# The "beaty" of date arithmetic

John Roth johnroth at ameritech.net
Mon Jan 27 20:54:31 CET 2003

```"Hans-Joachim Widmaier" <hjwidmaier at web.de> wrote in message
news:6e990e29.0301222352.2ebb5c1e at posting.google.com...
> Hello, my knowledgeable and helpful pythonistas! (A little flattery
> can't hurt :))
>
> I have a small program sitting in my FvwmButtons that allows me to
> connect and disconnect to the Internet. It shows me the accumulated
> time and volume as well as  a xload-like graph for the transfer speed.
> But this is just to give some context, so you can deduce what I'm
> after even if my explanation in this not-my-mother-language ain't good
> enough.
>
> Here goes: The accounting is done by months starting at a given day.
> Now I want to write a summary line in my log file (for the previous
> month) whenever a new accounting month starts. So I wrote a function
> that returns me the first and last day of a month interval which
> contains a certain time ("previous" thus means "month with any online
> time at all"). This would be easy if there wasn't the possibility for
> "first day" being 1 -- the day before that isn't just "n-1".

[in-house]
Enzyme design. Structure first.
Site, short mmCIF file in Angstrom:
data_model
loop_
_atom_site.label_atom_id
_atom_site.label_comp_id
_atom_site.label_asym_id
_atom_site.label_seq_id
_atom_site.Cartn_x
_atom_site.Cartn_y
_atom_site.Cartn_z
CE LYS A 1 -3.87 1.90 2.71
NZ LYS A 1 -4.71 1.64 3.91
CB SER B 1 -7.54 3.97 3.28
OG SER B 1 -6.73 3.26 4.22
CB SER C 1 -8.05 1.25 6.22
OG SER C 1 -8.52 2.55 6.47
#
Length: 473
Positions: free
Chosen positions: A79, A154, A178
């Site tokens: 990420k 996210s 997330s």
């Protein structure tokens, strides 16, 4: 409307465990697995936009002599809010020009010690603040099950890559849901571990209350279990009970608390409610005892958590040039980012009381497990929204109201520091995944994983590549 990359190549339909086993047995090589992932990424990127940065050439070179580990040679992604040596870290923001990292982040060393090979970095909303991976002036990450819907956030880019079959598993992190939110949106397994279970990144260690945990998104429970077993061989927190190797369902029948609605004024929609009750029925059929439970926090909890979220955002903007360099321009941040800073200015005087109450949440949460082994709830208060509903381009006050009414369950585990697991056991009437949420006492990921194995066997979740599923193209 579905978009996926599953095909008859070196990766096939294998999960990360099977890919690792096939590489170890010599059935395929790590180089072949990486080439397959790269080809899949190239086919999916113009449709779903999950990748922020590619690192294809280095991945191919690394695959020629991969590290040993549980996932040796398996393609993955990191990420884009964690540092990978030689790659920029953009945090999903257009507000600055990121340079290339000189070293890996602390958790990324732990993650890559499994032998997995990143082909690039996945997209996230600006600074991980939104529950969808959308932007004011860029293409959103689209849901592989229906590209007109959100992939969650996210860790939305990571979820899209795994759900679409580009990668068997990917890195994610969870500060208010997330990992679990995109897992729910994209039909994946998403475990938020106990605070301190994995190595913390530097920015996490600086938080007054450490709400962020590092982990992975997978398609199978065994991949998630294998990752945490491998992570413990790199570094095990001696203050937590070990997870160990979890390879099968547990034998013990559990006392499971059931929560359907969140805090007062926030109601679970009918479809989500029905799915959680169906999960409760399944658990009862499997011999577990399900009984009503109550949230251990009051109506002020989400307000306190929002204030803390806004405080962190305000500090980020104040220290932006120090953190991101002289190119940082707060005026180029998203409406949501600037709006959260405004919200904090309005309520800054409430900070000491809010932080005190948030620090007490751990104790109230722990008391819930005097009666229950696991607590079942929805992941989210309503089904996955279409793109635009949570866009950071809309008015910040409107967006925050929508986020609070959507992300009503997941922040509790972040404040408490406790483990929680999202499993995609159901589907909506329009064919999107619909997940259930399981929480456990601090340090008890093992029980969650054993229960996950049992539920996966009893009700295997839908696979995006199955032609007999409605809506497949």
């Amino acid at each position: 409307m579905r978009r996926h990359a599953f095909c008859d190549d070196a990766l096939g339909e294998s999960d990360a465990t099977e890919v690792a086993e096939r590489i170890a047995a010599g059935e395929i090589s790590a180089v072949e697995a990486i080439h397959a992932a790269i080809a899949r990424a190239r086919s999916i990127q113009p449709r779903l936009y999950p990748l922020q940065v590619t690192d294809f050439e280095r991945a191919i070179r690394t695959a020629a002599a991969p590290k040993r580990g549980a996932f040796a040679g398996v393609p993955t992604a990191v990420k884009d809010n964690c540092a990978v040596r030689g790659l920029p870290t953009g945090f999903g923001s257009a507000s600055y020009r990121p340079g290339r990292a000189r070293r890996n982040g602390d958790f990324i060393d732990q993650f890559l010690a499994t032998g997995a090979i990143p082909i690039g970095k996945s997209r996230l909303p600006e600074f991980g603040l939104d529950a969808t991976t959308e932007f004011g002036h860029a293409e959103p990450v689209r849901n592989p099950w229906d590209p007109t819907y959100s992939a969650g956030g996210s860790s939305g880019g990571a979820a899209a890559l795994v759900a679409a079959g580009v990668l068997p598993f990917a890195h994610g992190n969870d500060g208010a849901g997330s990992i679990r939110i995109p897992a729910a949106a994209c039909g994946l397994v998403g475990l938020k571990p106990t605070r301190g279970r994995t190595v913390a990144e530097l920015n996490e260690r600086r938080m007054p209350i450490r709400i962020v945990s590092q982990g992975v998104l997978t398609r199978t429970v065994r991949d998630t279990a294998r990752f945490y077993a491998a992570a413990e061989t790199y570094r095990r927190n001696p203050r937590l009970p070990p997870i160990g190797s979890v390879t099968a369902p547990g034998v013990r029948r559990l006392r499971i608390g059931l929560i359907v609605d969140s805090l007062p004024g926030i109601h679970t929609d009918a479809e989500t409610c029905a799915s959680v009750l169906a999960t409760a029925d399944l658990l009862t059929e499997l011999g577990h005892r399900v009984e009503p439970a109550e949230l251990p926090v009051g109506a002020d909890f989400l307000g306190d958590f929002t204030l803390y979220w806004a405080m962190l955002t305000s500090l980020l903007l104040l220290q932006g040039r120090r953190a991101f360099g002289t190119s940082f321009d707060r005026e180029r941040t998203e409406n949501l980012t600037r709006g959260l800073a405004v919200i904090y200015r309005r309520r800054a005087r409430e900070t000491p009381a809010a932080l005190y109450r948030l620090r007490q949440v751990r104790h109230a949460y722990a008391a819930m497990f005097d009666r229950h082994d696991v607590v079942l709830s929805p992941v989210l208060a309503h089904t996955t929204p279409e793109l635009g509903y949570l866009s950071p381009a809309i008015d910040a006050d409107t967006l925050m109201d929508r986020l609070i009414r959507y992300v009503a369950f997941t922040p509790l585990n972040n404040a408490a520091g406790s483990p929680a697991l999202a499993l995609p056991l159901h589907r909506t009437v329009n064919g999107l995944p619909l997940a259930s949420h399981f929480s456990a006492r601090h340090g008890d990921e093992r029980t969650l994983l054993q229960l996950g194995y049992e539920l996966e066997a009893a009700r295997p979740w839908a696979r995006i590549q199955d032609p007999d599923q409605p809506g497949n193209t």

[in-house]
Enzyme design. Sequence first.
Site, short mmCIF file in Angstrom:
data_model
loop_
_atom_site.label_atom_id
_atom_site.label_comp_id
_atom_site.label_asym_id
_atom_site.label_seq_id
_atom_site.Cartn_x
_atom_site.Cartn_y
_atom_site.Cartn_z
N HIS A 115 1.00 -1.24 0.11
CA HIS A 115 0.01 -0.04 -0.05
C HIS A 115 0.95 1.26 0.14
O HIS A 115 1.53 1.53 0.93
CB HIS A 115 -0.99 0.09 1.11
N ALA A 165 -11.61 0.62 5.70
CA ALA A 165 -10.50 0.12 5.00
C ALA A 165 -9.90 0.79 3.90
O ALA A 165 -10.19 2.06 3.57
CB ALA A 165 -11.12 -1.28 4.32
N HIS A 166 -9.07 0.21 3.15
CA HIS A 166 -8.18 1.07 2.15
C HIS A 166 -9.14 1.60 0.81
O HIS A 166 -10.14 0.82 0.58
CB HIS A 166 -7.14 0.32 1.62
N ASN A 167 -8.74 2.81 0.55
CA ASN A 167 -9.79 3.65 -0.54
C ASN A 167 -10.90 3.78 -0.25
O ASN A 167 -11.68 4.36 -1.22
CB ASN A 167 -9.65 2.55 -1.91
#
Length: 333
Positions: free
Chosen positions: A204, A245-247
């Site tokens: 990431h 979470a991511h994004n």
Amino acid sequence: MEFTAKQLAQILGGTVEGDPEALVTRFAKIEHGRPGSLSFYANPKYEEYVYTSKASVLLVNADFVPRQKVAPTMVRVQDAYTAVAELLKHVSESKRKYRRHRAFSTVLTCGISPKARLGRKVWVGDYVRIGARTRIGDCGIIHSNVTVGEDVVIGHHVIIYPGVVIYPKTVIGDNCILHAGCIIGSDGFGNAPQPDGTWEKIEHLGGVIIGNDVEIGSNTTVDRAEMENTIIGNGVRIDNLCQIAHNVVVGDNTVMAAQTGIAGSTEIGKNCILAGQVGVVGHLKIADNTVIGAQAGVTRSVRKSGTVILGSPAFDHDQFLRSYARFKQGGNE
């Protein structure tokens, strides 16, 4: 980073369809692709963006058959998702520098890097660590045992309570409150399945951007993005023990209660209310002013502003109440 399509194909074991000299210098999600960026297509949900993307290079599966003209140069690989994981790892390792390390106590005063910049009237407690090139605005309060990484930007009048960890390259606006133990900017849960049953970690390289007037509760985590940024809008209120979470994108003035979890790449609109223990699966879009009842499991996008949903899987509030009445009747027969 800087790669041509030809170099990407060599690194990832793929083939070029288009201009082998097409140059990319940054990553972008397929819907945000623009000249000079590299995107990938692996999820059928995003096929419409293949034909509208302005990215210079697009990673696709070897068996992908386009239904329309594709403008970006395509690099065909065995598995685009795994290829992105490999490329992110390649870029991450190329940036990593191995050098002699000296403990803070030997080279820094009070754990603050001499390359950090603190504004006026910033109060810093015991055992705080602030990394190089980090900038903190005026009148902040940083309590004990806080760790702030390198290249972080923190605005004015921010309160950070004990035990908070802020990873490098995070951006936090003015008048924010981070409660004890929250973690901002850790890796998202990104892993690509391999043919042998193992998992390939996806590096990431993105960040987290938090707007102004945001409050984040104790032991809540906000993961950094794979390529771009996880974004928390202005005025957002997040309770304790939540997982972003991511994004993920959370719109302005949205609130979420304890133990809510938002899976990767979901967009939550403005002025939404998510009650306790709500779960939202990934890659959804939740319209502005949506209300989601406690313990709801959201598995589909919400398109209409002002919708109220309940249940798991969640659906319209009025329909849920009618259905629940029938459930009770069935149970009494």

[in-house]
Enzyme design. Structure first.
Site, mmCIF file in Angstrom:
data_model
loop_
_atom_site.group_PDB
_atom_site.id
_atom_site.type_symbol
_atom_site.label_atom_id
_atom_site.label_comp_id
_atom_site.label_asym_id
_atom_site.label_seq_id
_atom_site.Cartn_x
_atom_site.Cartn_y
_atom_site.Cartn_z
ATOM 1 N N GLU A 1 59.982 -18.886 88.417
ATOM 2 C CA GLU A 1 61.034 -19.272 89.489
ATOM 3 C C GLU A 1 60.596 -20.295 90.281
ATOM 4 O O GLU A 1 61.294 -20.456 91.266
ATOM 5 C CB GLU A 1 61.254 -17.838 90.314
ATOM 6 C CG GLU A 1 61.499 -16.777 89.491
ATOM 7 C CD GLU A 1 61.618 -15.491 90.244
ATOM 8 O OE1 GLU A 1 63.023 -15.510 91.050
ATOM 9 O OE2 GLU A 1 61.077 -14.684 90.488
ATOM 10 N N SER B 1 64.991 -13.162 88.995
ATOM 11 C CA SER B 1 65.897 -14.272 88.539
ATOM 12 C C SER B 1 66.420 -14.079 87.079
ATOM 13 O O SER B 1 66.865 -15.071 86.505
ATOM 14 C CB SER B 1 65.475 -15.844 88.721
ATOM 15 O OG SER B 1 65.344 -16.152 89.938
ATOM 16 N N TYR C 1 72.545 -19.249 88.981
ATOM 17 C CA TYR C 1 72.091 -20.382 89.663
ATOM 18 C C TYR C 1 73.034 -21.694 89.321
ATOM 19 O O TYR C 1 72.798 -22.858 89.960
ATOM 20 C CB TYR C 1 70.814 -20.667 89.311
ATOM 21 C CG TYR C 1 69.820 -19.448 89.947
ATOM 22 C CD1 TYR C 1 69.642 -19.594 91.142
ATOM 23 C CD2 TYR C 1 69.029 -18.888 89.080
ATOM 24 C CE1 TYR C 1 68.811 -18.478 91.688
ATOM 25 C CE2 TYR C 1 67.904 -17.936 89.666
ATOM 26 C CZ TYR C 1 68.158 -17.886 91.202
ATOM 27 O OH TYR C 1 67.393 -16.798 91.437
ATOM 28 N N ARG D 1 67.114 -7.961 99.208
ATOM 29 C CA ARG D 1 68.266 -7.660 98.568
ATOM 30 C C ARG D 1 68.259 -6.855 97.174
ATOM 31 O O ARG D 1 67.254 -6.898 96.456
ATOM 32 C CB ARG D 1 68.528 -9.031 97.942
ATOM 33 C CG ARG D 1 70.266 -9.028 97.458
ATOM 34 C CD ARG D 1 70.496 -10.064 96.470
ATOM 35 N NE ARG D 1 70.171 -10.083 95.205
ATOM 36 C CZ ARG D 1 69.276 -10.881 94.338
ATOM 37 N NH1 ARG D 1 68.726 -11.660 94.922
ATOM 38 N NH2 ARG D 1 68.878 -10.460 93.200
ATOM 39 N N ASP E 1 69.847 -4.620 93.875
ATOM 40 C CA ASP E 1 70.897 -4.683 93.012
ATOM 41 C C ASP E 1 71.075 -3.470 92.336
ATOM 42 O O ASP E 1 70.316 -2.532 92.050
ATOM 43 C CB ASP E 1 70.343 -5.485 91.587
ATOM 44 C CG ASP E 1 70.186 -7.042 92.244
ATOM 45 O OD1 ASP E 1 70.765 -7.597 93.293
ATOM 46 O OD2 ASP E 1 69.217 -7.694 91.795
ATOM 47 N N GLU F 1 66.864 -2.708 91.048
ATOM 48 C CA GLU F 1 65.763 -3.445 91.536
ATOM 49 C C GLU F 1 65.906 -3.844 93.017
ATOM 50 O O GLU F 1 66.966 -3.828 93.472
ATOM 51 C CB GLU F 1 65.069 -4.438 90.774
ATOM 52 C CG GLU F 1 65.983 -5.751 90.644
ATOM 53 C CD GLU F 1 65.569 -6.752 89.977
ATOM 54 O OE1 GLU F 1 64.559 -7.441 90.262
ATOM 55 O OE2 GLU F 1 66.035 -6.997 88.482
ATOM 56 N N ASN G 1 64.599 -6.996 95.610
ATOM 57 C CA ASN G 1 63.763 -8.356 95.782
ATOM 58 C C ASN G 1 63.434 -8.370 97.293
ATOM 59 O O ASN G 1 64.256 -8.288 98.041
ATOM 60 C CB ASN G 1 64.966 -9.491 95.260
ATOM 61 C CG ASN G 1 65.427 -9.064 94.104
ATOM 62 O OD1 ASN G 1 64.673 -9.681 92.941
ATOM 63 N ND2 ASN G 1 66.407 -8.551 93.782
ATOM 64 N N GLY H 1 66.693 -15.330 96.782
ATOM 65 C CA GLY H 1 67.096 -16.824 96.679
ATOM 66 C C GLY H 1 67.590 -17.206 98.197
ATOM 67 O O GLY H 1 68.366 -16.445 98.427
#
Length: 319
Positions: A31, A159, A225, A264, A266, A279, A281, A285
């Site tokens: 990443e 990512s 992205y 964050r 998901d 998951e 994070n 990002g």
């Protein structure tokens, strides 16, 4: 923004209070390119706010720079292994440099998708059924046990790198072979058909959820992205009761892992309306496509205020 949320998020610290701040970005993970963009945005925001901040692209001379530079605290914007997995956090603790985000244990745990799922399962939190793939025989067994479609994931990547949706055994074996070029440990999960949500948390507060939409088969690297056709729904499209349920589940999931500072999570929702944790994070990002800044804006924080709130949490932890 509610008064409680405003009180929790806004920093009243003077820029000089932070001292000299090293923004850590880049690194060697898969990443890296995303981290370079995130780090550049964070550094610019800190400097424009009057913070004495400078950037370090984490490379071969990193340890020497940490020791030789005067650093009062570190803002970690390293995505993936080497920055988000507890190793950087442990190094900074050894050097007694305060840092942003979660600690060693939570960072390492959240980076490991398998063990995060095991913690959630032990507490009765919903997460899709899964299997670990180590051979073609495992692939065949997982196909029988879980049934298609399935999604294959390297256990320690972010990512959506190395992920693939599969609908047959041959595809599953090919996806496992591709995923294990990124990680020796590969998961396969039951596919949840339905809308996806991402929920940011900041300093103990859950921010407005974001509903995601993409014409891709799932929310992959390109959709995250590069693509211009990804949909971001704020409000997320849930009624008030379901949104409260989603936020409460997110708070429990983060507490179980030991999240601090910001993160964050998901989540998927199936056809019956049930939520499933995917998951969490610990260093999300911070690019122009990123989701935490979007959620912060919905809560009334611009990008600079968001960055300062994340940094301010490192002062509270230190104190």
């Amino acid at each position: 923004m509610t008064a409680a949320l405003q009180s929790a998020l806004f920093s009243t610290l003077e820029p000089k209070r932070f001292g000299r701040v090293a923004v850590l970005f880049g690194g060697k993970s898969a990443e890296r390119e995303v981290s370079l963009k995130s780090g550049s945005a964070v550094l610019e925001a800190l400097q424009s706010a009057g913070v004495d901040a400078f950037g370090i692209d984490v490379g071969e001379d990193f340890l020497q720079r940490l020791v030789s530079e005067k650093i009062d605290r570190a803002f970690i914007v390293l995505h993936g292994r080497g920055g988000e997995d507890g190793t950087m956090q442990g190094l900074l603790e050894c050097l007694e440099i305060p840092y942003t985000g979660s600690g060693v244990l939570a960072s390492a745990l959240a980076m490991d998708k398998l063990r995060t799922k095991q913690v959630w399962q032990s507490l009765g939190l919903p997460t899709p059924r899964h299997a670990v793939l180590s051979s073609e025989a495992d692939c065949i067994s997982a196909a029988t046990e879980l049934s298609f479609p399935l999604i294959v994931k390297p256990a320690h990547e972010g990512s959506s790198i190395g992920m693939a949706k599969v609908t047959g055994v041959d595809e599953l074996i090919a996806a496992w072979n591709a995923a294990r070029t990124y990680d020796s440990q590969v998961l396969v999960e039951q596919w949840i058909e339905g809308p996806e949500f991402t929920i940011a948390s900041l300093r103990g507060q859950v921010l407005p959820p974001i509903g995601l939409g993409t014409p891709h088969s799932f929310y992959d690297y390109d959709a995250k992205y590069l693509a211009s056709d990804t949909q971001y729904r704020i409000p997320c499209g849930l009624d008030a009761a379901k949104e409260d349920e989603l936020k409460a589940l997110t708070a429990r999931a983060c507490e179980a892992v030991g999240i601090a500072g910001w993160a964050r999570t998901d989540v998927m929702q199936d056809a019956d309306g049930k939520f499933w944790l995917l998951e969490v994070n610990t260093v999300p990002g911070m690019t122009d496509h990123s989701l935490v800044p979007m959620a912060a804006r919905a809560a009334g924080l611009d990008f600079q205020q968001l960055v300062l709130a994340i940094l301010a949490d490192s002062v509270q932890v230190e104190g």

>
> Now here's (finally) my solution:
> --------------------------------------------------------
> def getDateInterval(ttime, fday):
>     """Return a month-interval starting at day |fday| and including
> |ttime|."""
>     start = list(time.localtime(ttime))
>     # Calculate first day
>     if start[2] < fday:
> # Must be last month
> start[1] -= 1
> if start[1] < 1:
>     start[1]  = 12
>     start[0] -= 1
>     # The last day is the day before next month's first day
>     start[8] = -1 # set DST to unknown
>     start[2] = fday
>     end = start[:]
>     end[1] += 1
>     if end[1] > 12:
> end[1]  = 1
> end[0] += 1
>     end = time.localtime(time.mktime(end) - 86400)
>
>     return start[:3], end[:3]
> --------------------------------------------------------
>
> All I'm asking for is: Is there a way to do it that's not as butt-ugly
> as this?
> Somehow it looks pathetic to me ...

What's even uglier is that you're mixing spaces and tabs for
indentation.
How do I know? Outlook Express completely ignores tabs, so many
of your lines are incorrectly indented. I'm sure that's not how  your
source
looks like on your machine.

As Tim comments, there are no universal answers when it comes
to the "fuzzy" areas of date arithmetic. What you want is completely
application dependent. Any package that tries to give you a universal
answer is going to be wrong for someone, and most likely for a
lot of someones.

What I usually do is convert dates to astronomical days and then
do the arithmetic. (Astronomical days begin at 0 for some day
in 4700 BC, and count up from there.) Months are 30.6 days and
years are 365.2425 days. You can get awfully close, which is quite
good enough for me.

John Roth

>
> Thanks for any thoughts,
> Hans-Joachim

```

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